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#0474 Oxygen

In 2002 my wife and I spent eight weeks travelling South America. A planned highlight of the trip was a four day trek walking the Inca Trail to Machu Picchu, an ancient ruin set high in the mountains.

I trained for the walk, at least I thought I did but I was not prepared for the altitude. At its highness point on day 3 of the trek is Dead Woman’s Pass sitting at 4215 metres (13,828 ft) above sea level. For context Australia’s highest peak Mt Kosciusko is just 2,228 m (7,310 ft).

Not prepared for the affect a lack of oxygen has to the brain I struggled.

What made me feel worse was watching the team of local Sherpa pack up our nightly campsites after we had left, pop them on their backs, run passed us before lunch, setup and cook lunch, wait for us to leave, pack up again, run by us again and setup full camp for the night and prep our dinner.

And I am talking everything from metal chairs, gas bottles, bbq’s and tents. Heavy, old fashion kit. They would jog on ahead like it was a casual afternoon stroll in the countryside. Amazing.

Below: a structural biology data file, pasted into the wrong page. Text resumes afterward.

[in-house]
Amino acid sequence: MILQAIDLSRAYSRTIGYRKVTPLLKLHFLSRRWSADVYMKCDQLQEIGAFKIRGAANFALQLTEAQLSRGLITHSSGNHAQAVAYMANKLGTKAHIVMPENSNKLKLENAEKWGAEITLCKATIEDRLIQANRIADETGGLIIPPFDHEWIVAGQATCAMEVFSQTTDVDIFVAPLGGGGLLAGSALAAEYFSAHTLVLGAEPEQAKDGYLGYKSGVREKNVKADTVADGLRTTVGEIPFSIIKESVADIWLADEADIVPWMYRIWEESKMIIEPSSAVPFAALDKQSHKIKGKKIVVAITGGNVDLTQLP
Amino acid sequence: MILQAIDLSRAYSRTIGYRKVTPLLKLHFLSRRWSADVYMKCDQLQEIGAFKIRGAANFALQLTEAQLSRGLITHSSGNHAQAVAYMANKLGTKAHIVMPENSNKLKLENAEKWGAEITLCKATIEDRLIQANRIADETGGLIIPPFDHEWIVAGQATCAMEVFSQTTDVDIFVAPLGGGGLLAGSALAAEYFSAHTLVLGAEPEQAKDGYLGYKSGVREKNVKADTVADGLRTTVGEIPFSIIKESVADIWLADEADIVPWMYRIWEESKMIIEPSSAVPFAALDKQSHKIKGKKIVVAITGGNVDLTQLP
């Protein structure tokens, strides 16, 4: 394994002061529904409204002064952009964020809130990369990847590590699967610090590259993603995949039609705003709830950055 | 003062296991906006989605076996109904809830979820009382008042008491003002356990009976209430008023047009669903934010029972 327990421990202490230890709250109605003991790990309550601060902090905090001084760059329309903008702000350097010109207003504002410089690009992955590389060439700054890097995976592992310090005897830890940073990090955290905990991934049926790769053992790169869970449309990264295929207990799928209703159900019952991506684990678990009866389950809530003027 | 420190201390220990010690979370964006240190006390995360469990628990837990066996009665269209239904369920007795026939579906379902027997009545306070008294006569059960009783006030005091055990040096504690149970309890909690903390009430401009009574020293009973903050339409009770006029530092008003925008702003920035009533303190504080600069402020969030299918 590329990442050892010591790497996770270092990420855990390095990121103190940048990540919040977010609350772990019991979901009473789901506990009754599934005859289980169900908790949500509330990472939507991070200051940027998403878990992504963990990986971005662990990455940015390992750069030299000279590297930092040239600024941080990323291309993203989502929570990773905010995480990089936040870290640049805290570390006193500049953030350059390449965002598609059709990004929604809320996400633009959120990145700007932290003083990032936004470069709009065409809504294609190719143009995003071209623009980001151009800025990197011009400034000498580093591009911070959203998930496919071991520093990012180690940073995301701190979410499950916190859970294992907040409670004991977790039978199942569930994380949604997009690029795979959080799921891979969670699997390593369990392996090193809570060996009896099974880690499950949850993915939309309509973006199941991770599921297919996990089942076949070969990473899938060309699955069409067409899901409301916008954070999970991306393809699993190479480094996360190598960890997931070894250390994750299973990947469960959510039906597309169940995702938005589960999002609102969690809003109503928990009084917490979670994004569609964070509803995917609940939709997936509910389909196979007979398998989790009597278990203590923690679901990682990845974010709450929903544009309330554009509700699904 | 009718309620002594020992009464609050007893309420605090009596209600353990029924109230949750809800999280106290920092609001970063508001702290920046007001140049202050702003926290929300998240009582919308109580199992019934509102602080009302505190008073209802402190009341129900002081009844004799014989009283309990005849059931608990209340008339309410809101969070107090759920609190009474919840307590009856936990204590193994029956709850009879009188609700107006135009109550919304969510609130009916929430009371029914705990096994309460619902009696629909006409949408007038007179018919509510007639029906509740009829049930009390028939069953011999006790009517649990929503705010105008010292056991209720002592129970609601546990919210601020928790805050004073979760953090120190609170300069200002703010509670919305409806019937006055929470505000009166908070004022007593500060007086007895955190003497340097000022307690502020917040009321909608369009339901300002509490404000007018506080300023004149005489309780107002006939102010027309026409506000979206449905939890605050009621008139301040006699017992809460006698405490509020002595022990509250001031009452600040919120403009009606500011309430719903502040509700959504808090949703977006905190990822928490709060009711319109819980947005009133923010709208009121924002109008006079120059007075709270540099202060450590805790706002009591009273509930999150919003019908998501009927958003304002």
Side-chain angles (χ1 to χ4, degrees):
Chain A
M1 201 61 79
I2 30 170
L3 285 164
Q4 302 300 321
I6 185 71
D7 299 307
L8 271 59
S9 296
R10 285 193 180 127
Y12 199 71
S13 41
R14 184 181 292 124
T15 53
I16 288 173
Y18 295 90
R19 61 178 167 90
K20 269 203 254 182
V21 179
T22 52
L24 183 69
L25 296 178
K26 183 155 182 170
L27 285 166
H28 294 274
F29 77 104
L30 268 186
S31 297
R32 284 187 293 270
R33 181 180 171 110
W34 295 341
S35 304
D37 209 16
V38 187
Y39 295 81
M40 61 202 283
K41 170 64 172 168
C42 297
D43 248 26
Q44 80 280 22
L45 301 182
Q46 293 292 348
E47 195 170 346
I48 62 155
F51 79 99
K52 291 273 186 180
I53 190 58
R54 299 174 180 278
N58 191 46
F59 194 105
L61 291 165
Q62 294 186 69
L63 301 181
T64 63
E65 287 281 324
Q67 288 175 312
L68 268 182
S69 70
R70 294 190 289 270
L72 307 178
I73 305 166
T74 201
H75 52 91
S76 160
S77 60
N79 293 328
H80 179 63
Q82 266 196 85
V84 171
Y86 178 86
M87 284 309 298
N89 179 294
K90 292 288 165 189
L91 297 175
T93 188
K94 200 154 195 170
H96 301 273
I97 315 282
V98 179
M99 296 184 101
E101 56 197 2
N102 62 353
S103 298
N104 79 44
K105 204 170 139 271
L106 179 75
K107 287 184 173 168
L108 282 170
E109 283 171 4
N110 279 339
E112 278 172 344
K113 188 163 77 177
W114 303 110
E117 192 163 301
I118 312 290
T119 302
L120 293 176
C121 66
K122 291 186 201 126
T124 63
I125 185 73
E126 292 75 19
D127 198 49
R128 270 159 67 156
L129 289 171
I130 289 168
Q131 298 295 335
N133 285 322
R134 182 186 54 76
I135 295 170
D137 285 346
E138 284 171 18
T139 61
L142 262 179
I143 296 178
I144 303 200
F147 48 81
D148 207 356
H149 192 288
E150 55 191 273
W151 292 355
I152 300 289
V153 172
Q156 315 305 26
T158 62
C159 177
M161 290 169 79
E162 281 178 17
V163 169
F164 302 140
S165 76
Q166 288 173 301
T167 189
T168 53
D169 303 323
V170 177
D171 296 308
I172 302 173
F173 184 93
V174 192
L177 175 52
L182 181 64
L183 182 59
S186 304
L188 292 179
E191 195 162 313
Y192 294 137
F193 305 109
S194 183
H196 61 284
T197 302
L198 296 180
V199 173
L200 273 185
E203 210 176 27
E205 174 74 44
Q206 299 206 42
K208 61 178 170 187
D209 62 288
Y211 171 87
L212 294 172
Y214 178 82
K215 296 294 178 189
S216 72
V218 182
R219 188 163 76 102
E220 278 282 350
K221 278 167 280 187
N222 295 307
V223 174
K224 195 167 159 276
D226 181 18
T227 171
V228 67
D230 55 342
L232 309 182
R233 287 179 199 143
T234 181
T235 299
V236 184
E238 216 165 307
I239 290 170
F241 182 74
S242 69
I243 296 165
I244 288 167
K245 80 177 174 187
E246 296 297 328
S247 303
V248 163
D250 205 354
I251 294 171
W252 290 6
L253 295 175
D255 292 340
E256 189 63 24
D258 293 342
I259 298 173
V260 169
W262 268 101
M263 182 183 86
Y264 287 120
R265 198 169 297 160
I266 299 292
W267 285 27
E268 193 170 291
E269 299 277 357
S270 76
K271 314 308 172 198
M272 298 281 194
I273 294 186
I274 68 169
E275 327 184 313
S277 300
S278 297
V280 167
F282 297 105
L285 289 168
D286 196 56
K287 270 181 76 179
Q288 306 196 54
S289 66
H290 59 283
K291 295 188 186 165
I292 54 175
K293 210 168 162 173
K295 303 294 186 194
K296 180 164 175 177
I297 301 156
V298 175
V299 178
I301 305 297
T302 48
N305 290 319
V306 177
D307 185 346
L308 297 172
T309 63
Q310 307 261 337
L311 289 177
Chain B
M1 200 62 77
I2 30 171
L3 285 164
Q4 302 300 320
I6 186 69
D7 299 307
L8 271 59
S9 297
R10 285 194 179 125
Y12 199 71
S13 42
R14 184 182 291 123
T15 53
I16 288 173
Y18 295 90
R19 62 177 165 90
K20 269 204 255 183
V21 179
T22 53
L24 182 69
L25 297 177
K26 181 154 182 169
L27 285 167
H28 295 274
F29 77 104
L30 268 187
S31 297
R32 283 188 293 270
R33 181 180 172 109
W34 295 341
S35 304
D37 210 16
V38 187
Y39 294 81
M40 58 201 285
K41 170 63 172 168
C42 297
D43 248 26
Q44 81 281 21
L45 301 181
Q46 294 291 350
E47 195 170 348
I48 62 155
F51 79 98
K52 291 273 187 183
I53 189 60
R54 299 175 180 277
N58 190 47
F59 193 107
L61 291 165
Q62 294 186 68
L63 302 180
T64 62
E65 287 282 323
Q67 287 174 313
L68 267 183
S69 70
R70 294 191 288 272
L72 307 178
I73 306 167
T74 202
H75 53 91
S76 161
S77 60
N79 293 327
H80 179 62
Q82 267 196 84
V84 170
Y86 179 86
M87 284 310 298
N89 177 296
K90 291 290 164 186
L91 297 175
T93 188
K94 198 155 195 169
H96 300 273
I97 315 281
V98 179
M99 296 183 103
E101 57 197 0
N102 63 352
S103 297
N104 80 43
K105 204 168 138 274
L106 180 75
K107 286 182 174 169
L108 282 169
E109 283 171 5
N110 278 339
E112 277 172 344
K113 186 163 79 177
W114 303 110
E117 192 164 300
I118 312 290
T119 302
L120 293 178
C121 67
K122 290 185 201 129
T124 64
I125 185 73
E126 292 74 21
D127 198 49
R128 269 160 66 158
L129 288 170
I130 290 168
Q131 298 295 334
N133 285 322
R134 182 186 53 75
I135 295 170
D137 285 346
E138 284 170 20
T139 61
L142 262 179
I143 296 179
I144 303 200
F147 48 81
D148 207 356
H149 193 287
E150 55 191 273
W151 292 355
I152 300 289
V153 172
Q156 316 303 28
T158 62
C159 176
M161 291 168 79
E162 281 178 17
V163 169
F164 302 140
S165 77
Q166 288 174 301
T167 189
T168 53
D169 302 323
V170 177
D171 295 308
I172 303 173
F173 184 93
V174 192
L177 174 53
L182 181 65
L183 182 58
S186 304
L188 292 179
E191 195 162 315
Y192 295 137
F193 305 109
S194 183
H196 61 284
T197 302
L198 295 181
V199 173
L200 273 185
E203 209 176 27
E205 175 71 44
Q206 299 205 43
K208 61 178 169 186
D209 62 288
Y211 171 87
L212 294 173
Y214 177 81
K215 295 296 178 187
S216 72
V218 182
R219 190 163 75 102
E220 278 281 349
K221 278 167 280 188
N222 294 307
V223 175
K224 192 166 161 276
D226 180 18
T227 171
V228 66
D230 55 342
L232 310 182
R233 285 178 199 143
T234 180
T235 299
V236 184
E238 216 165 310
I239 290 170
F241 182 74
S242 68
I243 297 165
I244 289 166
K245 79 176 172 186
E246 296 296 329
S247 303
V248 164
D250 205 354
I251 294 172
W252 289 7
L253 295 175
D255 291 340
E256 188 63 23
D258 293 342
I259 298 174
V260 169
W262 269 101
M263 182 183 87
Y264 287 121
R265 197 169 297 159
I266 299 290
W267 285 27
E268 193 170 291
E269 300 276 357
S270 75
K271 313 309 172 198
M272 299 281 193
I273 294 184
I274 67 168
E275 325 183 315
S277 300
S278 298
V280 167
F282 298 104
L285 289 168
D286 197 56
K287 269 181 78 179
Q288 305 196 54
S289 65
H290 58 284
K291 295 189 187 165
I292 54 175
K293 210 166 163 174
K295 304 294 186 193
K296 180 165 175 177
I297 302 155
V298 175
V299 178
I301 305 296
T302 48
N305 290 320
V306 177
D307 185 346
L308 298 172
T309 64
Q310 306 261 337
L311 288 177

Even though we were at all different fitness levels, no-one was left behind. There was a guide at the front leading the way and one at the back carrying an oxygen bottle for anyone who needed it. We were a team and everyone was going to make it to the destination.

Take a look around you (including yourself) Is your team struggling up the hill, coasting up the front, or lagging behind bent over vomiting?

Each member might be at different fitness levels but as a team you must work together and adapt.

Know when to lead, when to rest and when to provide oxygen.

 

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